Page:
Attorney General's officials show more than 100 pounds of methamphetamine, cocaine and heroin seized Tuesday during a bust in Fontana.

Attorney General’s officials show more than 100 pounds of methamphetamine, cocaine and heroin seized Tuesday during a bust in Fontana

An undercover officer with the taskforce arranged a meeting about 5:30 p.m. Tuesday in a parking lot near Interstate 10 and Sierra Avenue in Fontana. The undercover officer agreed to buy 30 pounds of methamphetamine at $7,000 per pound, totaling $210,000.

Through a series of meetings and phone calls, La Familia members agreed to deliver the drugs from Modesto.

Task force members saw a Dodge Caravan and Honda Pilot pull into the parking lot where four men were carrying a cardboard box full of about 10 pounds of methamphetamine. Task force agents swarmed the vehicles and arrested the four men.

Authorities served a search warrant at a nearby home where they found an additional 95 pounds of methamphetamine, four kilograms of cocaine, six ounces of heroin and $27,500 in cash.

Authorities arrested Jesus Aramando Cardena-Selem, 25, Ramiro Gil Guerra, 40, Sergio Mercado-Vasquez, 32, and  Juan Gabriel Angulo Cabrera, 37, on suspicion of drug trafficking charges.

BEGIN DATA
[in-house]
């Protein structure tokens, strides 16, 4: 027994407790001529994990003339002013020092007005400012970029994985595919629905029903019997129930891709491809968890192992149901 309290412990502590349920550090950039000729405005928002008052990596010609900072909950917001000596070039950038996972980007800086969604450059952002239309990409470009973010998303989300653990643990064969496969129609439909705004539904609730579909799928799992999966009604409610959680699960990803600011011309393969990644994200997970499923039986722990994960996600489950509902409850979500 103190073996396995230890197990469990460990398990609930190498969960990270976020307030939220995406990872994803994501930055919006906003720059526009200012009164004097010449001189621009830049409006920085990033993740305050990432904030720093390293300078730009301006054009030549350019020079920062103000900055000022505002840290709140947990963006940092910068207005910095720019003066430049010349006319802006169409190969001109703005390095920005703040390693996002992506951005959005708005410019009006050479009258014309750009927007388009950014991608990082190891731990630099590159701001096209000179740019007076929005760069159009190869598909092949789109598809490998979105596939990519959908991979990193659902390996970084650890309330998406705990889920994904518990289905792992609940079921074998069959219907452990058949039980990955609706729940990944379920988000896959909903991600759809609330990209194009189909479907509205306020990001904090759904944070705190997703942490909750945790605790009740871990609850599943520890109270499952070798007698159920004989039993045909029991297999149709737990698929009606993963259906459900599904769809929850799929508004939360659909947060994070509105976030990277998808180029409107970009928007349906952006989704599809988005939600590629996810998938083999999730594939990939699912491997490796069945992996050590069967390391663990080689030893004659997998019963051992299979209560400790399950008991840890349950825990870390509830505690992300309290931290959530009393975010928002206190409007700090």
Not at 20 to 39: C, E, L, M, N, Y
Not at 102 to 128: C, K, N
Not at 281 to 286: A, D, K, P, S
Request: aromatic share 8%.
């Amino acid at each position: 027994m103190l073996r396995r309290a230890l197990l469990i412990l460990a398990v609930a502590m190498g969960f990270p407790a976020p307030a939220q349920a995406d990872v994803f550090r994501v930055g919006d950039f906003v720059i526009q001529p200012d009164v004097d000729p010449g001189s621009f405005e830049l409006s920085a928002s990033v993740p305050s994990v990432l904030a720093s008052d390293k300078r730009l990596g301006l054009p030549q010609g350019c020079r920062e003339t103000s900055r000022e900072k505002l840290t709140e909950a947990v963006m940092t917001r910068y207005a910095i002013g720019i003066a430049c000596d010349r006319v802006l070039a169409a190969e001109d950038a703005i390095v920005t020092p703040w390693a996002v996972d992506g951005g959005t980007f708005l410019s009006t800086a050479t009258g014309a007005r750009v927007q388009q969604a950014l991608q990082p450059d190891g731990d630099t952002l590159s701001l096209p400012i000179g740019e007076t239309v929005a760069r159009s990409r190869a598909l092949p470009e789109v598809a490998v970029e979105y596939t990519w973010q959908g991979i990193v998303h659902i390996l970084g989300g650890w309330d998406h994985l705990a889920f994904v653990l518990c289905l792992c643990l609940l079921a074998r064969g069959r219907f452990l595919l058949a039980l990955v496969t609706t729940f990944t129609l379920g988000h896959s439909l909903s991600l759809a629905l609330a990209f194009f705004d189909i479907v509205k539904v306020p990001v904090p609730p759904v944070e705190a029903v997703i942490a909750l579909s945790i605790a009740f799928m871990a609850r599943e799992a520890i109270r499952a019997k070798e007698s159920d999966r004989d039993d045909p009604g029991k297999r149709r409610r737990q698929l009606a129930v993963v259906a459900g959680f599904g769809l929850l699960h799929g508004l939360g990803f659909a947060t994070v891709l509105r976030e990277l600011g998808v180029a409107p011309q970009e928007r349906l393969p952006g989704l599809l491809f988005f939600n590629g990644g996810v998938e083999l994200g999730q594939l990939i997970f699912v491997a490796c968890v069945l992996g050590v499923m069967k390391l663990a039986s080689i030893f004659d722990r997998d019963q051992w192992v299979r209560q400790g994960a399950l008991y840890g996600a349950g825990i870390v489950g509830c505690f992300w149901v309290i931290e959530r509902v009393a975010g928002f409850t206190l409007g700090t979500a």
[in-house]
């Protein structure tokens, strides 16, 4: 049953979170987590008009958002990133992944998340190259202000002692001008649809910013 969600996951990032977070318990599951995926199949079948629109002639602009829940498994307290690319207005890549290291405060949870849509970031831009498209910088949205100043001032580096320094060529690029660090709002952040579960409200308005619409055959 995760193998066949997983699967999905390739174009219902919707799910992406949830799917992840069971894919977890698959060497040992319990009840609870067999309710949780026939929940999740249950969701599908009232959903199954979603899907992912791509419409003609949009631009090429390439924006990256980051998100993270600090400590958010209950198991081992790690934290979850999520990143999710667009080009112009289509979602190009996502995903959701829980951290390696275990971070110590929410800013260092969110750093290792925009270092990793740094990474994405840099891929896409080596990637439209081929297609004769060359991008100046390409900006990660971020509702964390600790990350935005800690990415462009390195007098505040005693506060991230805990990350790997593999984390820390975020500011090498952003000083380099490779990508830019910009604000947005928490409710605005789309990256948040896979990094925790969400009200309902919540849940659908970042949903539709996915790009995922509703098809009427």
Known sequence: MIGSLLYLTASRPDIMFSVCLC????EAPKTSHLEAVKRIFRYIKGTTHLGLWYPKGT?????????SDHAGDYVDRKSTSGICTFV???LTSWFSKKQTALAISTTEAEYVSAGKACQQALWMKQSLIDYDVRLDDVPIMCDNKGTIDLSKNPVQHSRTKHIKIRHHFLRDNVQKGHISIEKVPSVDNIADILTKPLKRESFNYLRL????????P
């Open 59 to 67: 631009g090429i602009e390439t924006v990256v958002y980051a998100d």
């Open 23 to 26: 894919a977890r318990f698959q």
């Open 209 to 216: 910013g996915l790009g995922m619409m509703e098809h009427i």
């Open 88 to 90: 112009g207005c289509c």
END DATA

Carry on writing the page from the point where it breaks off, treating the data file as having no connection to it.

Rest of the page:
All four men are scheduled to be arraigned in San Bernardino County Superior Court on Thursday.


MOULTRIE, GA — According to the Moultrie Observer drug agents found a suspected methamphetamine cooking operation and methamphetamine packaged for sale.

Officers found burnt blister packs that contained medicine in a garbage can outside of Timothy Summerlin’s residence on Indian Lake Drive.



Summerlin had active arrest warrants on probation violation charges and officers said his name appeared on a list of recent purchasers of medication containing pseudoephedrine; one of the main active ingredients in methamphetamine.

Summerlin was charged with manufacturing methamphetamine, possession of methamphetamine with intent to distribute, possession of tools for the commission of a crime and two counts of probation violation.






Cape Coral police arrested a brother and sister after they discovered the two were operating a meth lab out of their Cape Coral home.